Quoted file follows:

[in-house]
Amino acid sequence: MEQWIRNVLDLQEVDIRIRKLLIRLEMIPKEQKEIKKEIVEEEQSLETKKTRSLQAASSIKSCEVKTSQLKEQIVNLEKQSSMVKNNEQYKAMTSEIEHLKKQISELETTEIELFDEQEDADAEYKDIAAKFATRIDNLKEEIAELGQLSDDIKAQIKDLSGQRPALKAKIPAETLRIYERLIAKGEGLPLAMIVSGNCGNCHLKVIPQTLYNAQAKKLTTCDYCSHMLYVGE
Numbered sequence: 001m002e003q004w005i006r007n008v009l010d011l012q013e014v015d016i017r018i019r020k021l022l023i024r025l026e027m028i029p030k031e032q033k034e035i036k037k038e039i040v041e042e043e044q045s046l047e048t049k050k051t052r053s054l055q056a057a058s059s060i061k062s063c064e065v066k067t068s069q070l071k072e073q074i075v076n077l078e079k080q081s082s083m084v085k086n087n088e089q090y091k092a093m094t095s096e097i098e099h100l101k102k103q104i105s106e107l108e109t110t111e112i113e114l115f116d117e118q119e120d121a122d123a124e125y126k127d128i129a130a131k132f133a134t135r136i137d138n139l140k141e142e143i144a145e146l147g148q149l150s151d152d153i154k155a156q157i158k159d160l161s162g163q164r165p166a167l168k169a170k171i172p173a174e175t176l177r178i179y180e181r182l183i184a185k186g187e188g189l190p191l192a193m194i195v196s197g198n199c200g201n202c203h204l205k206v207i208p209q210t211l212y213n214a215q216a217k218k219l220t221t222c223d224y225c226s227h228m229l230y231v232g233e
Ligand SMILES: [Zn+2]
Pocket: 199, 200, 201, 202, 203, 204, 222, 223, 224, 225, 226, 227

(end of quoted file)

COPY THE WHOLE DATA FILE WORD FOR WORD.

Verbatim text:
[in-house]
Amino acid sequence: MEQWIRNVLDLQEVDIRIRKLLIRLEMIPKEQKEIKKEIVEEEQSLETKKTRSLQAASSIKSCEVKTSQLKEQIVNLEKQSSMVKNNEQYKAMTSEIEHLKKQISELETTEIELFDEQEDADAEYKDIAAKFATRIDNLKEEIAELGQLSDDIKAQIKDLSGQRPALKAKIPAETLRIYERLIAKGEGLPLAMIVSGNCGNCHLKVIPQTLYNAQAKKLTTCDYCSHMLYVGE
Numbered sequence: 001m002e003q004w005i006r007n008v009l010d011l012q013e014v015d016i017r018i019r020k021l022l023i024r025l026e027m028i029p030k031e032q033k034e035i036k037k038e039i040v041e042e043e044q045s046l047e048t049k050k051t052r053s054l055q056a057a058s059s060i061k062s063c064e065v066k067t068s069q070l071k072e073q074i075v076n077l078e079k080q081s082s083m084v085k086n087n088e089q090y091k092a093m094t095s096e097i098e099h100l101k102k103q104i105s106e107l108e109t110t111e112i113e114l115f116d117e118q119e120d121a122d123a124e125y126k127d128i129a130a131k132f133a134t135r136i137d138n139l140k141e142e143i144a145e146l147g148q149l150s151d152d153i154k155a156q157i158k159d160l161s162g163q164r165p166a167l168k169a170k171i172p173a174e175t176l177r178i179y180e181r182l183i184a185k186g187e188g189l190p191l192a193m194i195v196s197g198n199c200g201n202c203h204l205k206v207i208p209q210t211l212y213n214a215q216a217k218k219l220t221t222c223d224y225c226s227h228m229l230y231v232g233e
Ligand SMILES: [Zn+2]
Pocket: 199, 200, 201, 202, 203, 204, 222, 223, 224, 225, 226, 227